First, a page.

Mathematical Sciences, Claremont McKenna College
Compressed sensing is a new field that arose as a response to inefficient traditional signal acquisition schemes. Under the assumption that the signal of interest is sparse, one wishes to take a small number of linear samples and later utilize a reconstruction algorithm to accurately recover the compressed signal. Typically, one assumes the signal is sparse itself or with respect to some fixed orthonormal basis. However, in applications one instead more often encounters signals sparse with respect to a tight frame which may be far from orthonormal. In the first part of this lecture, we will introduce the compressed sensing problem as well as recent results extending the theory to the case of sparsity in tight frames.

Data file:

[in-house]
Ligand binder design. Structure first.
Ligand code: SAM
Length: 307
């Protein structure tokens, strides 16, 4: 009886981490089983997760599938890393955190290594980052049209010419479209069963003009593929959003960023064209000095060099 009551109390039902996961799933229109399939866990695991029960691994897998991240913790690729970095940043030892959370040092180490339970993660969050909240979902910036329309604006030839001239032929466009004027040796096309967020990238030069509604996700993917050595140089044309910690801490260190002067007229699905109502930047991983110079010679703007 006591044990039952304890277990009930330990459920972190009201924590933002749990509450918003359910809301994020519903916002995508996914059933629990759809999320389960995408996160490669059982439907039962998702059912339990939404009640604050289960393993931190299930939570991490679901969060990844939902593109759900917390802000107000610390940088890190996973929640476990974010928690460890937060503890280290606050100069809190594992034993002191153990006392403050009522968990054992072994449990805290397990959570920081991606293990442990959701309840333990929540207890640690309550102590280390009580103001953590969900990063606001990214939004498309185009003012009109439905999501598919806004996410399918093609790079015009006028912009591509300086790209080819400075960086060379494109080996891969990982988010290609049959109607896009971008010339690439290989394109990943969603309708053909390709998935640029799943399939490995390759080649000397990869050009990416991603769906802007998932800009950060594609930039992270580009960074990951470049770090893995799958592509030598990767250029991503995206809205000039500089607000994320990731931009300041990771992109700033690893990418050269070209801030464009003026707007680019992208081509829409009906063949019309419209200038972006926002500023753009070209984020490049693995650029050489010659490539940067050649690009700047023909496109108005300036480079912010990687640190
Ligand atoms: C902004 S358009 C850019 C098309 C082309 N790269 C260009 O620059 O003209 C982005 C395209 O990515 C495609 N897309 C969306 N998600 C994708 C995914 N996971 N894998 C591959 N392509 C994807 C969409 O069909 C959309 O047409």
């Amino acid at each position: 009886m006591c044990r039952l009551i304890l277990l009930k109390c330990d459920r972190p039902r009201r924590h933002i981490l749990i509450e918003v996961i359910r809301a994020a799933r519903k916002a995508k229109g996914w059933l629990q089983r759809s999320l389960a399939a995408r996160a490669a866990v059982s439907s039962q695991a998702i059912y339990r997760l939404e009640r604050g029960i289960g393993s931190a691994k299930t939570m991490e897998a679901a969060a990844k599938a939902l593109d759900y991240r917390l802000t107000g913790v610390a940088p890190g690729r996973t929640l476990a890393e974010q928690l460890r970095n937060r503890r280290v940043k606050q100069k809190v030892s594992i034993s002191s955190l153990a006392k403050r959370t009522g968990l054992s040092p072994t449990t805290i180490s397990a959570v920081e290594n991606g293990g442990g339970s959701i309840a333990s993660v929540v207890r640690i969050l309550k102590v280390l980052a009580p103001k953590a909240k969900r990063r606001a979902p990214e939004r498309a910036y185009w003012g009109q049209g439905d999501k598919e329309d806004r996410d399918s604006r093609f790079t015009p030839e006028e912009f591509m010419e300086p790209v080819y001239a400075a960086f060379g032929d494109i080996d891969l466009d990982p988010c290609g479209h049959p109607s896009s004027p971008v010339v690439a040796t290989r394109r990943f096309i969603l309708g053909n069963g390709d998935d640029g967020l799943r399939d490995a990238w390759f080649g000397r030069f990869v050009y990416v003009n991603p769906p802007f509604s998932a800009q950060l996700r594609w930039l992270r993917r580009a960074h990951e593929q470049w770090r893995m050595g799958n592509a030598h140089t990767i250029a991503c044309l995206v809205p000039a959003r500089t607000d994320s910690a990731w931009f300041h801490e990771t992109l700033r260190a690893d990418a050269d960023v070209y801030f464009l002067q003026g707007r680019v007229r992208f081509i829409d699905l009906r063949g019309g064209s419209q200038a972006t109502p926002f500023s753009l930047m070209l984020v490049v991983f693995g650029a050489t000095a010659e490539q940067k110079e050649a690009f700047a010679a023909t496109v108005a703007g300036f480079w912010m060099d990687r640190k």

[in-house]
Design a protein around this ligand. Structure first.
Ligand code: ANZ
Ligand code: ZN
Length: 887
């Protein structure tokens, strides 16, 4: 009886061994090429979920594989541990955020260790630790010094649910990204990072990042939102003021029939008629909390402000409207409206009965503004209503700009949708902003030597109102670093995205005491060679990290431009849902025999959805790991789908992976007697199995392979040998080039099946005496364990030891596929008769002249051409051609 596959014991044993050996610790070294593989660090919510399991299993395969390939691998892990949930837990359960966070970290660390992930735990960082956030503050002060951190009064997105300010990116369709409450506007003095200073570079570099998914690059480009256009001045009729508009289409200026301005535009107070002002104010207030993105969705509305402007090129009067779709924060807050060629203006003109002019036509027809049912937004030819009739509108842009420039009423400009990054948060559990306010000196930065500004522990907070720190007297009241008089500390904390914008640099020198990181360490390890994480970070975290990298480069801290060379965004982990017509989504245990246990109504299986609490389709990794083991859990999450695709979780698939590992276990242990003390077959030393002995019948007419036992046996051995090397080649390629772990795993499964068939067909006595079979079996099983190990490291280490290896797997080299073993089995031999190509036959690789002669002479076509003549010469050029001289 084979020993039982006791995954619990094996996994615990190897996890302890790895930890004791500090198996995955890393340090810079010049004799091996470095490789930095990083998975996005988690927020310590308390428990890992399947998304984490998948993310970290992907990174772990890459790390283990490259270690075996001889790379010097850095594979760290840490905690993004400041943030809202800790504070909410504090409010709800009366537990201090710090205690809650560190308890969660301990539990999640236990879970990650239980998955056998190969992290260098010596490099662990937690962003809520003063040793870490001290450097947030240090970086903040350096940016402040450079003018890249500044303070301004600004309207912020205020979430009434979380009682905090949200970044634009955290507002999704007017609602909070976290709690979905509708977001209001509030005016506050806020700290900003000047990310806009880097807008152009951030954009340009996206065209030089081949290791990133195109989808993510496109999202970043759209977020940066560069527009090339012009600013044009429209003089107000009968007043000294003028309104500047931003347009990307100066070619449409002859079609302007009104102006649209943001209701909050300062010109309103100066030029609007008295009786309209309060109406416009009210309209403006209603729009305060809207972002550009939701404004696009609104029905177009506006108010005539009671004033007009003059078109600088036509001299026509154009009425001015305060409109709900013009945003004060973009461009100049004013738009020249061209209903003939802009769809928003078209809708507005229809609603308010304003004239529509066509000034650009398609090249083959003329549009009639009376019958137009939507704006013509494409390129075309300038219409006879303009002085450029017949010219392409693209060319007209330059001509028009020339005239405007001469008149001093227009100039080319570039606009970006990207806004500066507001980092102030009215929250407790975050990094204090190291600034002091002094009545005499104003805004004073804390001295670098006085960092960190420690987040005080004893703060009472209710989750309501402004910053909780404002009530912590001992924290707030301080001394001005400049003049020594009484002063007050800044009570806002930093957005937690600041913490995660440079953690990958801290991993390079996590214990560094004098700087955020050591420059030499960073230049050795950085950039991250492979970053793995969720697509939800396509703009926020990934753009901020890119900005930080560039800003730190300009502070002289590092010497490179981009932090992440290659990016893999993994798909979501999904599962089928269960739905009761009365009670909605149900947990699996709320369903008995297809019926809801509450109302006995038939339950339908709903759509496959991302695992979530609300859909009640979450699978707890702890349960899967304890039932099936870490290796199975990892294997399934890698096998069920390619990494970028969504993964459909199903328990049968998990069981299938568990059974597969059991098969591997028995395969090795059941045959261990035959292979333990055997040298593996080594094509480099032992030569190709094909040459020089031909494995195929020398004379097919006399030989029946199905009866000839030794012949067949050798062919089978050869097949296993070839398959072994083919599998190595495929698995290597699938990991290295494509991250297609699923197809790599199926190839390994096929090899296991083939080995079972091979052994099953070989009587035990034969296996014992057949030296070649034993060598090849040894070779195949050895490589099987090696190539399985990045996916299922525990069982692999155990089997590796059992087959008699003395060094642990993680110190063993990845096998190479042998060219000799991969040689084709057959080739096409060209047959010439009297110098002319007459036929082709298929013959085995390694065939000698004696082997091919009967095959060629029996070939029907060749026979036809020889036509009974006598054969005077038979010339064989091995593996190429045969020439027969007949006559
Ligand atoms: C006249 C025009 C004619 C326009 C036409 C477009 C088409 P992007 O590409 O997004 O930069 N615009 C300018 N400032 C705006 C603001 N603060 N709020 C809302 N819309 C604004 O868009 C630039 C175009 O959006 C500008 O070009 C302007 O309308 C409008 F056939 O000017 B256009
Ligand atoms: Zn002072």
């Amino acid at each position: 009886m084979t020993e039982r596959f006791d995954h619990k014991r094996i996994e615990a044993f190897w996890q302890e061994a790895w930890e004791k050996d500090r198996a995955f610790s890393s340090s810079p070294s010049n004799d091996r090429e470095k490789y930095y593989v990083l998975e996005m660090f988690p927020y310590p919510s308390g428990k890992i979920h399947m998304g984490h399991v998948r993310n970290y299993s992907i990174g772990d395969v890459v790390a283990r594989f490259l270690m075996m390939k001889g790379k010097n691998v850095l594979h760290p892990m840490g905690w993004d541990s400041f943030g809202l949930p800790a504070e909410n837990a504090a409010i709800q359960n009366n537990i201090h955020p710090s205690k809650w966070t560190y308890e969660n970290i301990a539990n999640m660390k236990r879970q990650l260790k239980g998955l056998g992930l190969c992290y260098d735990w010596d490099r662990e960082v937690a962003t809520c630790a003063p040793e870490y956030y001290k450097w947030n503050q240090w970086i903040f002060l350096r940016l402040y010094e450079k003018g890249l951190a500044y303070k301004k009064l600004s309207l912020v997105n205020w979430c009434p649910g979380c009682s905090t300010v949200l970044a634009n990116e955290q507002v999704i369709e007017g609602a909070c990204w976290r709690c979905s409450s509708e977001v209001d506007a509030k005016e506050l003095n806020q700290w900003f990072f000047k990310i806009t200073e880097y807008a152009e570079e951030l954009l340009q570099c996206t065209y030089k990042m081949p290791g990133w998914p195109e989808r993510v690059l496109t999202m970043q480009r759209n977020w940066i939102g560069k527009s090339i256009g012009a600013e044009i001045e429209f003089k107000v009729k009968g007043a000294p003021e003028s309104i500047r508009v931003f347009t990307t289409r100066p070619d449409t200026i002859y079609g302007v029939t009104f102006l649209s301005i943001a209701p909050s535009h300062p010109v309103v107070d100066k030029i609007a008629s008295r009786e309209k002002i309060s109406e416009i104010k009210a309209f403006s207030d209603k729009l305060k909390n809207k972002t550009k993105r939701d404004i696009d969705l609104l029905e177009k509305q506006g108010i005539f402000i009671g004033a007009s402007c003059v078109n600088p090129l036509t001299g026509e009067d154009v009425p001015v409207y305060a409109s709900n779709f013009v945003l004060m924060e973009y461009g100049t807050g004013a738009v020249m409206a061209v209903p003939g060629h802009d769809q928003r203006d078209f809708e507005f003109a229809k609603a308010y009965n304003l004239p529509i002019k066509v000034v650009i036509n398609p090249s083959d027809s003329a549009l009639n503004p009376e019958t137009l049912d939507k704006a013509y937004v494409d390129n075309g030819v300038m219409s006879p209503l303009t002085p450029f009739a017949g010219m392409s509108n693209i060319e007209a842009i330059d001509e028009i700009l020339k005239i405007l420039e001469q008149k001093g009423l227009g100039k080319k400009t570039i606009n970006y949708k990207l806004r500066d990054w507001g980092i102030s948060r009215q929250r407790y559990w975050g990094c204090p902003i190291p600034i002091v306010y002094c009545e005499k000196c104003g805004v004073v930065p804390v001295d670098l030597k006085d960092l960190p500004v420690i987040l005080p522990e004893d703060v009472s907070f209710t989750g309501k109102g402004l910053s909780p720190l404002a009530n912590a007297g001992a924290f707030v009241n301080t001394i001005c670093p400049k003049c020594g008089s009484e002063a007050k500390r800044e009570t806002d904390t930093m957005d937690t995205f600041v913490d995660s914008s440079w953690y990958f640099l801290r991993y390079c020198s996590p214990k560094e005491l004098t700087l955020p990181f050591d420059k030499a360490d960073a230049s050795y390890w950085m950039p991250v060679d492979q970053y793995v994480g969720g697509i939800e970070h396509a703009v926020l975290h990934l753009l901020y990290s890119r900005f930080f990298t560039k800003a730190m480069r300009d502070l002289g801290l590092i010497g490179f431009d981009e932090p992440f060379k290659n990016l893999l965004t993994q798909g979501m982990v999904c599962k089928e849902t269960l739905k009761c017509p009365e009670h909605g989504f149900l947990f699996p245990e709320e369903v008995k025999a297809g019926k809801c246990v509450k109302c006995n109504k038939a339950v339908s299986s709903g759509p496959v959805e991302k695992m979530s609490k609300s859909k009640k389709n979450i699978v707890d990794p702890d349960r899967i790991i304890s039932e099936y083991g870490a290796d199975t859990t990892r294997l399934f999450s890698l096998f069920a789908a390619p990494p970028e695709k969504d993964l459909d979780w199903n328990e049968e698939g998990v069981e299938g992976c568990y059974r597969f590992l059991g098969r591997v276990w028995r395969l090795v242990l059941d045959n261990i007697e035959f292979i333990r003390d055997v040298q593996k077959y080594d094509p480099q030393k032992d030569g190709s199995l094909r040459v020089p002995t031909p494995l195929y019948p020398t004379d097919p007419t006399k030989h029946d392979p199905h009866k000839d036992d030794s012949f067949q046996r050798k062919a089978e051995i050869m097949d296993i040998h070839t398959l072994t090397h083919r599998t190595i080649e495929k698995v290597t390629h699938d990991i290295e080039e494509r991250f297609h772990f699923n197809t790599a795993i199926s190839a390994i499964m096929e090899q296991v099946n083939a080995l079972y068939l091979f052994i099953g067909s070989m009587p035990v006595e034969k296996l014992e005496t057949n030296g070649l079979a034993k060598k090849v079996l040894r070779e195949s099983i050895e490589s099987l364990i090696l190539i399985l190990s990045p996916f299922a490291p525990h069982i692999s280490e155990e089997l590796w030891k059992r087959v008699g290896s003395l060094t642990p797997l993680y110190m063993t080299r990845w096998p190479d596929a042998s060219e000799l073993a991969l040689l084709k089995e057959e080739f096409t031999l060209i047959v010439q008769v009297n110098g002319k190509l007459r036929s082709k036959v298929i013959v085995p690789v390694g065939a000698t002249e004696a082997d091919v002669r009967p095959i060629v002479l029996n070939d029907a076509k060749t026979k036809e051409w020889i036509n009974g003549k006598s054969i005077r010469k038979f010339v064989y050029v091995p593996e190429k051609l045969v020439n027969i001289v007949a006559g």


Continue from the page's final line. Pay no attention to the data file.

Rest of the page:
The second part of the lecture focuses on dictionary learning which is also a new field, but closely related to compressive sensing. Briefly speaking, a dictionary is an overcomplete and redundant system consisting of prototype signals that are used to express other signals. Due to the redundancy, for any given signal, there are many ways to represent it, but normally the sparsest representation is preferred for simplicity and easy interpretability. A good analog is the English language where the dictionary is the collection of all words (prototype signals) and sentences (signals) are short and concise combinations of words. In this lecture, we will introduce the problem of dictionary learning, its origin and applications, and existing solutions.
Tuesday, February 3, 2015
11:00AM AP&M 2402
Center for Computational Mathematics9500 Gilman Dr. #0112La Jolla, CA 92093-0112Tel: (858)534-9813